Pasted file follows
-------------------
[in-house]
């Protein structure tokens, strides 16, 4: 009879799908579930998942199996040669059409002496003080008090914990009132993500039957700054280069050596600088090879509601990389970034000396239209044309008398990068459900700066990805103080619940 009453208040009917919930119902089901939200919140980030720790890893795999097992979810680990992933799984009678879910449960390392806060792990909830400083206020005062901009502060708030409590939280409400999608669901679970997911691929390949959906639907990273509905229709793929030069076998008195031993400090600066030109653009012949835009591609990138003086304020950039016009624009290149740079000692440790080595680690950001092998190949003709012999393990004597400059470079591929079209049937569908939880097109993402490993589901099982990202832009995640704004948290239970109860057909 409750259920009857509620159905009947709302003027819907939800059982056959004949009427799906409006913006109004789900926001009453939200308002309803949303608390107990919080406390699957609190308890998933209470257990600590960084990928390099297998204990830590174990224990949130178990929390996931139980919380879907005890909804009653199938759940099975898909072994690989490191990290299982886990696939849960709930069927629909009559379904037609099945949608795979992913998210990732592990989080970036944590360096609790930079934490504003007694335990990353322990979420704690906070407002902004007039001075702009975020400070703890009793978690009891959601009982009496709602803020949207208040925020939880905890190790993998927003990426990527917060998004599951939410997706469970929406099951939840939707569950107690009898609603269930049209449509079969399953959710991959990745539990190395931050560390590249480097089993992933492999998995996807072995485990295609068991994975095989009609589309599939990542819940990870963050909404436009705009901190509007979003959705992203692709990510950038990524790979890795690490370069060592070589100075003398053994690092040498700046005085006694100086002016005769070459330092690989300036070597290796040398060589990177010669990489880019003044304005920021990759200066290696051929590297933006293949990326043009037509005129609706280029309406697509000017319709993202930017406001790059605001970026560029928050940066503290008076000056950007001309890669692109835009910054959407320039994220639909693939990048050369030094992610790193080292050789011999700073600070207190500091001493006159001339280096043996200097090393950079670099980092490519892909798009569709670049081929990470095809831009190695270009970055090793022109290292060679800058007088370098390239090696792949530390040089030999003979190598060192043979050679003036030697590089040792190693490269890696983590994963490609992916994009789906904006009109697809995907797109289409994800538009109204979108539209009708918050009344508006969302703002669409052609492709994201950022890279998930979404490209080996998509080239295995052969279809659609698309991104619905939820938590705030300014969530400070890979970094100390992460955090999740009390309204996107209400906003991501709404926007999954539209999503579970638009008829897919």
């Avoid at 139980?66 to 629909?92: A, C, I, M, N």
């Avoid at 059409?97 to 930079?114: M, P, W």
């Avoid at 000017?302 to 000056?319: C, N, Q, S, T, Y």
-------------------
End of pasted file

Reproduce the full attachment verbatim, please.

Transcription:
[in-house]
């Protein structure tokens, strides 16, 4: 009879799908579930998942199996040669059409002496003080008090914990009132993500039957700054280069050596600088090879509601990389970034000396239209044309008398990068459900700066990805103080619940 009453208040009917919930119902089901939200919140980030720790890893795999097992979810680990992933799984009678879910449960390392806060792990909830400083206020005062901009502060708030409590939280409400999608669901679970997911691929390949959906639907990273509905229709793929030069076998008195031993400090600066030109653009012949835009591609990138003086304020950039016009624009290149740079000692440790080595680690950001092998190949003709012999393990004597400059470079591929079209049937569908939880097109993402490993589901099982990202832009995640704004948290239970109860057909 409750259920009857509620159905009947709302003027819907939800059982056959004949009427799906409006913006109004789900926001009453939200308002309803949303608390107990919080406390699957609190308890998933209470257990600590960084990928390099297998204990830590174990224990949130178990929390996931139980919380879907005890909804009653199938759940099975898909072994690989490191990290299982886990696939849960709930069927629909009559379904037609099945949608795979992913998210990732592990989080970036944590360096609790930079934490504003007694335990990353322990979420704690906070407002902004007039001075702009975020400070703890009793978690009891959601009982009496709602803020949207208040925020939880905890190790993998927003990426990527917060998004599951939410997706469970929406099951939840939707569950107690009898609603269930049209449509079969399953959710991959990745539990190395931050560390590249480097089993992933492999998995996807072995485990295609068991994975095989009609589309599939990542819940990870963050909404436009705009901190509007979003959705992203692709990510950038990524790979890795690490370069060592070589100075003398053994690092040498700046005085006694100086002016005769070459330092690989300036070597290796040398060589990177010669990489880019003044304005920021990759200066290696051929590297933006293949990326043009037509005129609706280029309406697509000017319709993202930017406001790059605001970026560029928050940066503290008076000056950007001309890669692109835009910054959407320039994220639909693939990048050369030094992610790193080292050789011999700073600070207190500091001493006159001339280096043996200097090393950079670099980092490519892909798009569709670049081929990470095809831009190695270009970055090793022109290292060679800058007088370098390239090696792949530390040089030999003979190598060192043979050679003036030697590089040792190693490269890696983590994963490609992916994009789906904006009109697809995907797109289409994800538009109204979108539209009708918050009344508006969302703002669409052609492709994201950022890279998930979404490209080996998509080239295995052969279809659609698309991104619905939820938590705030300014969530400070890979970094100390992460955090999740009390309204996107209400906003991501709404926007999954539209999503579970638009008829897919």
């Avoid at 139980?66 to 629909?92: A, C, I, M, N």
């Avoid at 059409?97 to 930079?114: M, P, W």
């Avoid at 000017?302 to 000056?319: C, N, Q, S, T, Y």